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Journalism Workshop for Young Salesians in Chennai


By Alexander Christopher SDB
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Chennai, Aug. 14. A two-day workshop on news writing, editing and reporting was held on 10-11 August for the correspondents of Bosco Information Service (BIS) of the Chennai Province. The programme, in which nine young Salesians participated, was held in the high-tech SIGA Communication Lab in Chennai and was led by Fr. Louis Kumpiluvelil, the BIS Coordinator of the Province, and Fr. P. T. Joseph, the webmaster of Don Bosco India website.  
The workshop started on August 10 evening with Fr. P. T. Joseph giving the participants a ''guided tour'' of the donboscoindia website. Besides demonstrating the working of the site, he also highlighted its many interesting and valuable features, including the vast database on the confreres, houses and provinces of India.

The next day, from 9 a.m. to 4 p.m., Fr. Louis, backed by his nearly 50 years of experience in journalism, took the participants step by step through the nitty-gritty of news writing and editing, following the well-established method of the '5Ws and one H', namely: Who, What, When, Where, Why and How. The focus was on writing the 'lead' or the opening paragraph of the story and crafting a smart and attention-grabbing headline which require both language skills and creativity.  

The lead paragraph, said Fr Louis, sets the tone and mood for the rest of the story. It tells the reader who did what, where, when, why and how in a few lines that summarise the story and hooks the reader, making him/her want to read more. The headline, instead, quickly draws the reader's attention and kindles interest and captivates. It should be eye-catching, believable, easy to read, brief and accurate.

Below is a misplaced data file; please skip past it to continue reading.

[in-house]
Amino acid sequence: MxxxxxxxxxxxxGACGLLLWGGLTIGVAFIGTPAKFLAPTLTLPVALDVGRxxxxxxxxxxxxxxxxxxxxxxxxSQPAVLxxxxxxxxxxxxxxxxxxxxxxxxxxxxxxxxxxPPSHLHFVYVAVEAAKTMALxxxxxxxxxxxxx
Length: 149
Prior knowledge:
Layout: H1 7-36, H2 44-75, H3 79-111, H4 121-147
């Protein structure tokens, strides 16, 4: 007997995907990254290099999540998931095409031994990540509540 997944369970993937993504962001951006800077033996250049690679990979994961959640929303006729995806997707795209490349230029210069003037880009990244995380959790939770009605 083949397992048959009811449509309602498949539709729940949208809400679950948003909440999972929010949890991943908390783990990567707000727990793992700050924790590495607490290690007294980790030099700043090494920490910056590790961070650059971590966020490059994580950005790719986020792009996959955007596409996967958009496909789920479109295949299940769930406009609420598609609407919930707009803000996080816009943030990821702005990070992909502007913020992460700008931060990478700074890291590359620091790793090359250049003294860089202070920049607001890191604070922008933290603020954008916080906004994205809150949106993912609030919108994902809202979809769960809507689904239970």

The well-known ''inverted pyramid'' style of presenting the news was another interesting lesson learned. The inverted pyramid principle says you should put your most fundamental facts on top of the story, in the lead paragraph, followed by the next most important point, and so on, in diminishing order of importance. Busy people expect writers to get to the important point quickly, or they'll find something else to read. The good writer therefore writes every sentence with one purpose to make the reader read the next sentence.

The theory was followed by a vigorous practice session in the afternoon. The participants were divided into groups of three and each group asked to prepare a news story, which was projected on the screen and critically analysed and edited by the entire group. The exercise sharpened the participants' skills in writing the lead and creating headlines.
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